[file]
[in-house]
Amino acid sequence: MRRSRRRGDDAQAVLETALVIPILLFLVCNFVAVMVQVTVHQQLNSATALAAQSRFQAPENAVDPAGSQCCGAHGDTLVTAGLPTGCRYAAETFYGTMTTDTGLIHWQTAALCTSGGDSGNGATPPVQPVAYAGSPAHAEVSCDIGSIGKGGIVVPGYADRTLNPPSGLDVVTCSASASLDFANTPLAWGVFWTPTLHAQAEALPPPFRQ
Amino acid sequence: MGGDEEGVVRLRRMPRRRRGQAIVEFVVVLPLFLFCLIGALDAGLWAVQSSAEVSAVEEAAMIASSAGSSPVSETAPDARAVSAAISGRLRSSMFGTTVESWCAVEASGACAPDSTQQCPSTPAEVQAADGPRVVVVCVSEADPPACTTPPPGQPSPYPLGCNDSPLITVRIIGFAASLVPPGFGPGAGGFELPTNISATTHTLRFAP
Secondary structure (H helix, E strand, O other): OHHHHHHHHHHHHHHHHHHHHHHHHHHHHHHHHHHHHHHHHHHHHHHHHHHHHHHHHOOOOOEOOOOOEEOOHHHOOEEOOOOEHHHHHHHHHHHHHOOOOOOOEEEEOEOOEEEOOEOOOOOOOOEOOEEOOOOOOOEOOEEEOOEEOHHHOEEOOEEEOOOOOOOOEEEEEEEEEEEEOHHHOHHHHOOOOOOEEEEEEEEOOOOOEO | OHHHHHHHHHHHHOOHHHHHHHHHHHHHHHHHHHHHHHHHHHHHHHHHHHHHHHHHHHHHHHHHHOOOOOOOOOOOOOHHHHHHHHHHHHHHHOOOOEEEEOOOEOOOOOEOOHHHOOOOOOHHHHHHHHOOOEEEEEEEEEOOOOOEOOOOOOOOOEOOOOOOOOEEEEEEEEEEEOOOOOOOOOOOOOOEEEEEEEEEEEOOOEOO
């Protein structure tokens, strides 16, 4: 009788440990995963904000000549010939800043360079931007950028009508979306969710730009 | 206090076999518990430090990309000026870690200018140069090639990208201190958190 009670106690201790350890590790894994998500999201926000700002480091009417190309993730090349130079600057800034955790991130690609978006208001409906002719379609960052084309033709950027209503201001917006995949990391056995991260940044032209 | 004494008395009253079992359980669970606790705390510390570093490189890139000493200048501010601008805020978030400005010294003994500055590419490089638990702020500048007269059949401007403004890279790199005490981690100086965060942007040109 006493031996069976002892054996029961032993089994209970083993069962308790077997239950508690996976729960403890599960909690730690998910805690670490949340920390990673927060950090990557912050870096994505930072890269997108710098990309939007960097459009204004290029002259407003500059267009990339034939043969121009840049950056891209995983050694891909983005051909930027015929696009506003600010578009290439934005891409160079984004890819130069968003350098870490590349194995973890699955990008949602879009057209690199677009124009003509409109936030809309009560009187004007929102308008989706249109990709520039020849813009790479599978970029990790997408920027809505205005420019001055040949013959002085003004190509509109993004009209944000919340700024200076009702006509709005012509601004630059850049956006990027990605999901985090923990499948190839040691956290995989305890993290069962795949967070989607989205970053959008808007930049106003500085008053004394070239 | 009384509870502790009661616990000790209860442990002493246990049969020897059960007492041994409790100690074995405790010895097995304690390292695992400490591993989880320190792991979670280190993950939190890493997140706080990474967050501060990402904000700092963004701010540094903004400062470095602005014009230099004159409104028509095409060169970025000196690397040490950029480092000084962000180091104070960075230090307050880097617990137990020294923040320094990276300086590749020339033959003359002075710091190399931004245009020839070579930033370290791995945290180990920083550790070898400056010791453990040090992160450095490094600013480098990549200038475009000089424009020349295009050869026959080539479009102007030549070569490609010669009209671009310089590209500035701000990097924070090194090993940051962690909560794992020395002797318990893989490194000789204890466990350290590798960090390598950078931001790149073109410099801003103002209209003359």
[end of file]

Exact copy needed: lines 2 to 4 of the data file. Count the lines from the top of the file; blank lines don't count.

Amino acid sequence: MRRSRRRGDDAQAVLETALVIPILLFLVCNFVAVMVQVTVHQQLNSATALAAQSRFQAPENAVDPAGSQCCGAHGDTLVTAGLPTGCRYAAETFYGTMTTDTGLIHWQTAALCTSGGDSGNGATPPVQPVAYAGSPAHAEVSCDIGSIGKGGIVVPGYADRTLNPPSGLDVVTCSASASLDFANTPLAWGVFWTPTLHAQAEALPPPFRQ
Amino acid sequence: MGGDEEGVVRLRRMPRRRRGQAIVEFVVVLPLFLFCLIGALDAGLWAVQSSAEVSAVEEAAMIASSAGSSPVSETAPDARAVSAAISGRLRSSMFGTTVESWCAVEASGACAPDSTQQCPSTPAEVQAADGPRVVVVCVSEADPPACTTPPPGQPSPYPLGCNDSPLITVRIIGFAASLVPPGFGPGAGGFELPTNISATTHTLRFAP
Secondary structure (H helix, E strand, O other): OHHHHHHHHHHHHHHHHHHHHHHHHHHHHHHHHHHHHHHHHHHHHHHHHHHHHHHHHOOOOOEOOOOOEEOOHHHOOEEOOOOEHHHHHHHHHHHHHOOOOOOOEEEEOEOOEEEOOEOOOOOOOOEOOEEOOOOOOOEOOEEEOOEEOHHHOEEOOEEEOOOOOOOOEEEEEEEEEEEEOHHHOHHHHOOOOOOEEEEEEEEOOOOOEO | OHHHHHHHHHHHHOOHHHHHHHHHHHHHHHHHHHHHHHHHHHHHHHHHHHHHHHHHHHHHHHHHHOOOOOOOOOOOOOHHHHHHHHHHHHHHHOOOOEEEEOOOEOOOOOEOOHHHOOOOOOHHHHHHHHOOOEEEEEEEEEOOOOOEOOOOOOOOOEOOOOOOOOEEEEEEEEEEEOOOOOOOOOOOOOOEEEEEEEEEEEOOOEOO